Flash-forward 50 years, a few blocks to the west, to where the atrium at the Hahne & Company mixed-used development on Broad Street opened this past January.

Like Gateway's walkway, the Hahne's atrium is also enclosed. But rather than insulating Hahne's residents, visitors and workers from the surrounding neighborhood, the walkway provides a direct link to it, said Jon Cortell, a vice president at L+M Development Partners, the project's developer. "Ultimately, Hahne's capitalizes on the reaffirmation that the city center is Broad Street," he said.

Kevin Riordan, executive director of the Rutgers Business School's Center for Real Estate, said that for better or worse, Gateway set a precedent for development in the surrounding area, where subsequent buildings are similarly bereft of ground-floor shops or other businesses to invite the public and generate economic activity for people other than the building's owners or the workers inside.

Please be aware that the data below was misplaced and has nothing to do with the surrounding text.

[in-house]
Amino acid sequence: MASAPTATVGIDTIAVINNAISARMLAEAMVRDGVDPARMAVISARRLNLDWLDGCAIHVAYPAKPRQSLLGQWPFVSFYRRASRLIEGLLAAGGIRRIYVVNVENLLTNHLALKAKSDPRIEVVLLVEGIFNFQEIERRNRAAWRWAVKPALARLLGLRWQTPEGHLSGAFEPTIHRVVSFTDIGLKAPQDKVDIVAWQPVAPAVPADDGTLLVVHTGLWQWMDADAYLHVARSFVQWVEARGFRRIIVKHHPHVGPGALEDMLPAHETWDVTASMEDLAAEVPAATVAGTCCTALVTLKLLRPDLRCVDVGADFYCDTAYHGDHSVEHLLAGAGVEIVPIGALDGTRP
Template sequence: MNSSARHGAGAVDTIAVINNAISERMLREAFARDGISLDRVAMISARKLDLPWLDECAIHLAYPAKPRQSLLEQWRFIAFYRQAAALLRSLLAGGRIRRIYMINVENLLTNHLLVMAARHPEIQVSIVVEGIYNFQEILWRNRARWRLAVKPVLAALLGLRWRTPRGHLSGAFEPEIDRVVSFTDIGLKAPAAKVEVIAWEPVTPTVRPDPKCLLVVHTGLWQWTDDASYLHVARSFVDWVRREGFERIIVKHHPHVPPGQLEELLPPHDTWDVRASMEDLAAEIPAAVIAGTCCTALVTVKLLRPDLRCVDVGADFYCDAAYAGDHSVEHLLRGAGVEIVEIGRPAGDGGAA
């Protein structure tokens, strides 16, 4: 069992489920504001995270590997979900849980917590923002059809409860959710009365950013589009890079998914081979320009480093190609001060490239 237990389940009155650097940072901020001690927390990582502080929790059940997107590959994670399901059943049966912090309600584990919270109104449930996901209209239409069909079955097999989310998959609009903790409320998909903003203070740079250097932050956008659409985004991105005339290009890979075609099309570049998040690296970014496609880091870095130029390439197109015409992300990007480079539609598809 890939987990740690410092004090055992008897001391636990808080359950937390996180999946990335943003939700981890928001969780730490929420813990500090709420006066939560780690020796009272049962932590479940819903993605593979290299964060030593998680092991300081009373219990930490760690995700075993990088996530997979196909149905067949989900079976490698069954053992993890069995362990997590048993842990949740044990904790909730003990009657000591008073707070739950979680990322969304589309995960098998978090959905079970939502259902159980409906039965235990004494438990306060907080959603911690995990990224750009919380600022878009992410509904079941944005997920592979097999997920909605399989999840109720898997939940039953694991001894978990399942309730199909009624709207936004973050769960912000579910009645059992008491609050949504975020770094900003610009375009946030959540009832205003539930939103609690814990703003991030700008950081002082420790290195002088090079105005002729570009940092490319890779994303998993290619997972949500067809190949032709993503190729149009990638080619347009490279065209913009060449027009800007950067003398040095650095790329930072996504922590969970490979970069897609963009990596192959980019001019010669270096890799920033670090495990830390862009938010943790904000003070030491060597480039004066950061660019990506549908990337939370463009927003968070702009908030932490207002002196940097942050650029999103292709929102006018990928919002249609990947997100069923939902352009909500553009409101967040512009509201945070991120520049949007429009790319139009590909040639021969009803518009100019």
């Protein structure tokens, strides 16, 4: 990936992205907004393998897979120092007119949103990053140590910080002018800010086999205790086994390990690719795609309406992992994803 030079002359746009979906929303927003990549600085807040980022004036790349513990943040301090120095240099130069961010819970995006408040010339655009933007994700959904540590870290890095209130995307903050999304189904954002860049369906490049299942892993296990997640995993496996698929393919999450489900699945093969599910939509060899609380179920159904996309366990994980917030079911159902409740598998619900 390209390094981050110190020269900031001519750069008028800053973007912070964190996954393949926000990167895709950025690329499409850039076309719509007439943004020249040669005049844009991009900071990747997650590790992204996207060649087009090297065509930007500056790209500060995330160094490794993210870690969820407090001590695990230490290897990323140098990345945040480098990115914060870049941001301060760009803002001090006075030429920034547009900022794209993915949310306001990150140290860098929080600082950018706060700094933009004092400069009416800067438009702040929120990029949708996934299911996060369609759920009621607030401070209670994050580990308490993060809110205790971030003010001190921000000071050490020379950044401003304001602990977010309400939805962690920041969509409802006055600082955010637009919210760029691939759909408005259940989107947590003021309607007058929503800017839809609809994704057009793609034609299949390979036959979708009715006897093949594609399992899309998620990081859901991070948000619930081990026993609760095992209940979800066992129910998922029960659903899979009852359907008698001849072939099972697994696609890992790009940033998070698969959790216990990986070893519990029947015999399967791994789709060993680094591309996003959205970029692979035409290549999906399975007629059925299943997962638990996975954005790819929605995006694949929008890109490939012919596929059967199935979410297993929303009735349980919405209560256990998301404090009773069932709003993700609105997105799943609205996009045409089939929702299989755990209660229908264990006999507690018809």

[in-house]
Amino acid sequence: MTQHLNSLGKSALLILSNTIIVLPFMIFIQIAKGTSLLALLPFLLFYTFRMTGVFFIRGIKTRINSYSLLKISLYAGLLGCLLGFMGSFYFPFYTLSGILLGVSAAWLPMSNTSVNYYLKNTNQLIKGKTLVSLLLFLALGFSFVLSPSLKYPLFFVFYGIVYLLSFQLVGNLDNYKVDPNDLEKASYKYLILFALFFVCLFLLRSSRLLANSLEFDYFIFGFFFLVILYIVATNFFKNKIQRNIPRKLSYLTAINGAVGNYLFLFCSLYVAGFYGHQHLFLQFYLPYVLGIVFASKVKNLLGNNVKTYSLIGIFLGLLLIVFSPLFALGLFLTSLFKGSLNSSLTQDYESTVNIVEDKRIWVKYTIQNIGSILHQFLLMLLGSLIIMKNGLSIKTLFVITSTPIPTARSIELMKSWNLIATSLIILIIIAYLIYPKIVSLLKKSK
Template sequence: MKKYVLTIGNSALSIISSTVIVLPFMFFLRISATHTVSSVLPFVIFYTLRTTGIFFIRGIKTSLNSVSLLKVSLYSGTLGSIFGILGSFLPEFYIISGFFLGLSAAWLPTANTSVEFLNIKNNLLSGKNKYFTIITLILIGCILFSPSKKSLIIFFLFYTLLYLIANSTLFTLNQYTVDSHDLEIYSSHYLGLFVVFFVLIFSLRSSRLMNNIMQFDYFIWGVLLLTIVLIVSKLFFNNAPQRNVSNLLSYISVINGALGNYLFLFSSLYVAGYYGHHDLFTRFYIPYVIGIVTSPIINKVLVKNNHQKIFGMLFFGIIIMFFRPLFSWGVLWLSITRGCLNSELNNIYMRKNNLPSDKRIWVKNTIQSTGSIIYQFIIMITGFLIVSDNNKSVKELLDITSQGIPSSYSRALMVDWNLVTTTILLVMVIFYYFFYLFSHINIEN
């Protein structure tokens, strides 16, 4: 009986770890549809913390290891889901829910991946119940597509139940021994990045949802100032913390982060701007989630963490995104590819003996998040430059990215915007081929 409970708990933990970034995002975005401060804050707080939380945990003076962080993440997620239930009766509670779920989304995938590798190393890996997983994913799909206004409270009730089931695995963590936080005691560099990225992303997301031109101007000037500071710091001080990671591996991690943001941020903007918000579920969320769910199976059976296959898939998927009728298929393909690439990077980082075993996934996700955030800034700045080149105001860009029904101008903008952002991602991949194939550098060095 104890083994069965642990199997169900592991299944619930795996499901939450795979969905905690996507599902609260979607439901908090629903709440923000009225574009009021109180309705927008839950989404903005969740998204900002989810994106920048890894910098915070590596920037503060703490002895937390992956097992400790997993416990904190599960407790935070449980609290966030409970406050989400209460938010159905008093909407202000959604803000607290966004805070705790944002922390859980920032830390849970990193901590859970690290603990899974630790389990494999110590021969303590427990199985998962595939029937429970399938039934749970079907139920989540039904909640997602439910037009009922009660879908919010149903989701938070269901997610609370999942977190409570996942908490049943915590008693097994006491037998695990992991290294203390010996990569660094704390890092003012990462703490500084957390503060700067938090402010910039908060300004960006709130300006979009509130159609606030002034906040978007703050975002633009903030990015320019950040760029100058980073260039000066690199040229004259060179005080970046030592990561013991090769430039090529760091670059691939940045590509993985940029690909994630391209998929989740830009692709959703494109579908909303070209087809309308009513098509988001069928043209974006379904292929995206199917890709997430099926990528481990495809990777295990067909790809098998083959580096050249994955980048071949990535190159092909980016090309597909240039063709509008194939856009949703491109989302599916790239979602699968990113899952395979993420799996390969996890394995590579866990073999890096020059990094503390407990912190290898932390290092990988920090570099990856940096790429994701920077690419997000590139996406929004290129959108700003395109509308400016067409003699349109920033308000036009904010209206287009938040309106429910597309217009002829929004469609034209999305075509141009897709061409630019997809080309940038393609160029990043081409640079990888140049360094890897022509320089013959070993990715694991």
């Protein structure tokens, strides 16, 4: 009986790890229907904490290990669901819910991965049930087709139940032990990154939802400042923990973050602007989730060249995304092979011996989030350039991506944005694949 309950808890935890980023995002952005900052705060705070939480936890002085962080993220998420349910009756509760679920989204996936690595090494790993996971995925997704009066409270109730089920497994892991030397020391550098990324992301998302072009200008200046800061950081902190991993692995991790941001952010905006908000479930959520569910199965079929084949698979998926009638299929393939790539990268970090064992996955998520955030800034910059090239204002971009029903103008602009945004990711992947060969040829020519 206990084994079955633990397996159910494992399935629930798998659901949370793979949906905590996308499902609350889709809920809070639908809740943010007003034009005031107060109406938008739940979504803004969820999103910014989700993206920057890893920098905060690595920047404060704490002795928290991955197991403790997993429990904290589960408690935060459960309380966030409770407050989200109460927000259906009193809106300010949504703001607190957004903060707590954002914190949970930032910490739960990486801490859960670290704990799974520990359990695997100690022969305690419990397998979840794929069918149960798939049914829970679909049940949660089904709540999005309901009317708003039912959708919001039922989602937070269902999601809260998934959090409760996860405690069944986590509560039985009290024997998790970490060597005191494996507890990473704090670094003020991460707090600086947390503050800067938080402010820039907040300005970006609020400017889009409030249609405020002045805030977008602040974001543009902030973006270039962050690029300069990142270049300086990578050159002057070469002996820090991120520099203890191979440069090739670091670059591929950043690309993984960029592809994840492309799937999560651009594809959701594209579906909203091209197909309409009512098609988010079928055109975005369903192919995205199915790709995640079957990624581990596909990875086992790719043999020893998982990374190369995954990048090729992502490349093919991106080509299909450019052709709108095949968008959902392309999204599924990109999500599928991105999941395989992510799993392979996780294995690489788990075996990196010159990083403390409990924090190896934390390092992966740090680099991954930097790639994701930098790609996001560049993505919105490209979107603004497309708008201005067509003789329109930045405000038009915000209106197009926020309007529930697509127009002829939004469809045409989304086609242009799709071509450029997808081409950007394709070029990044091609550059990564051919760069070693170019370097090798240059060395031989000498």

The Gateway model of architecture is just one way the riots have had an impact on some of the city's development that persists to this day, Riordan said.

"Whether it was consciously done that way, or 'Well, look what's been done, let's continue it this way,' that's why there's no foot traffic," Riordan said, noting that foot traffic is precisely what "creates the vitality of the urban experience."

Full Aricle



Newark, NJ
Thursday, June 29, 2017

New Jersey Business

Warren Buffett, the "Oracle of Omaha," is generally regarded as the greatest investor ever. Part of his charm is his folksy, down-to-earth demeanor combined with his penchant for dispensing King Solomon-like wisdom on financial related topics, readily understandable to the lay investor. Here are a few nuggets of wisdom routinely shared by the Oracle over the years.

  • Stay Within Your Circle of Competence
  • Buy Investments at a Discount
  • Have the Right Temperament for Investing